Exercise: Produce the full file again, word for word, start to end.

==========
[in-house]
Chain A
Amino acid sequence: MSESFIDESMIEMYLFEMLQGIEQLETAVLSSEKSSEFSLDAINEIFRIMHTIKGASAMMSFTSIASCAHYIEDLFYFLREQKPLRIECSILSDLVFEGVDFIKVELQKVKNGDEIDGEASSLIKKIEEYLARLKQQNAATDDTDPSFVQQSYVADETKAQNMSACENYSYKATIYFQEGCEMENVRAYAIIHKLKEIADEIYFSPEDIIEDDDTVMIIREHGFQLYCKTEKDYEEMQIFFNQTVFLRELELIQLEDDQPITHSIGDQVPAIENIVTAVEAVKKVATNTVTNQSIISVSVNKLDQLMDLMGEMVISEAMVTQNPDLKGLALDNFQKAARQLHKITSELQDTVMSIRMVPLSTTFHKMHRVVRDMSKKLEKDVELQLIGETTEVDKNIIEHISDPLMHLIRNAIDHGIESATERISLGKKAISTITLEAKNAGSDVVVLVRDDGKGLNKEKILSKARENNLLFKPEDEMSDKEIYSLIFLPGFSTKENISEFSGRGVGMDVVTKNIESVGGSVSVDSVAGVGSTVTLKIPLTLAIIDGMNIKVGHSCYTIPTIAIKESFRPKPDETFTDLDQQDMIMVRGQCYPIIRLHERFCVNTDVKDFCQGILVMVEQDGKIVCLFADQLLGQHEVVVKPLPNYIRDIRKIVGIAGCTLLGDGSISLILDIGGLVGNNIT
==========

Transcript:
[in-house]
Chain A
Amino acid sequence: MSESFIDESMIEMYLFEMLQGIEQLETAVLSSEKSSEFSLDAINEIFRIMHTIKGASAMMSFTSIASCAHYIEDLFYFLREQKPLRIECSILSDLVFEGVDFIKVELQKVKNGDEIDGEASSLIKKIEEYLARLKQQNAATDDTDPSFVQQSYVADETKAQNMSACENYSYKATIYFQEGCEMENVRAYAIIHKLKEIADEIYFSPEDIIEDDDTVMIIREHGFQLYCKTEKDYEEMQIFFNQTVFLRELELIQLEDDQPITHSIGDQVPAIENIVTAVEAVKKVATNTVTNQSIISVSVNKLDQLMDLMGEMVISEAMVTQNPDLKGLALDNFQKAARQLHKITSELQDTVMSIRMVPLSTTFHKMHRVVRDMSKKLEKDVELQLIGETTEVDKNIIEHISDPLMHLIRNAIDHGIESATERISLGKKAISTITLEAKNAGSDVVVLVRDDGKGLNKEKILSKARENNLLFKPEDEMSDKEIYSLIFLPGFSTKENISEFSGRGVGMDVVTKNIESVGGSVSVDSVAGVGSTVTLKIPLTLAIIDGMNIKVGHSCYTIPTIAIKESFRPKPDETFTDLDQQDMIMVRGQCYPIIRLHERFCVNTDVKDFCQGILVMVEQDGKIVCLFADQLLGQHEVVVKPLPNYIRDIRKIVGIAGCTLLGDGSISLILDIGGLVGNNIT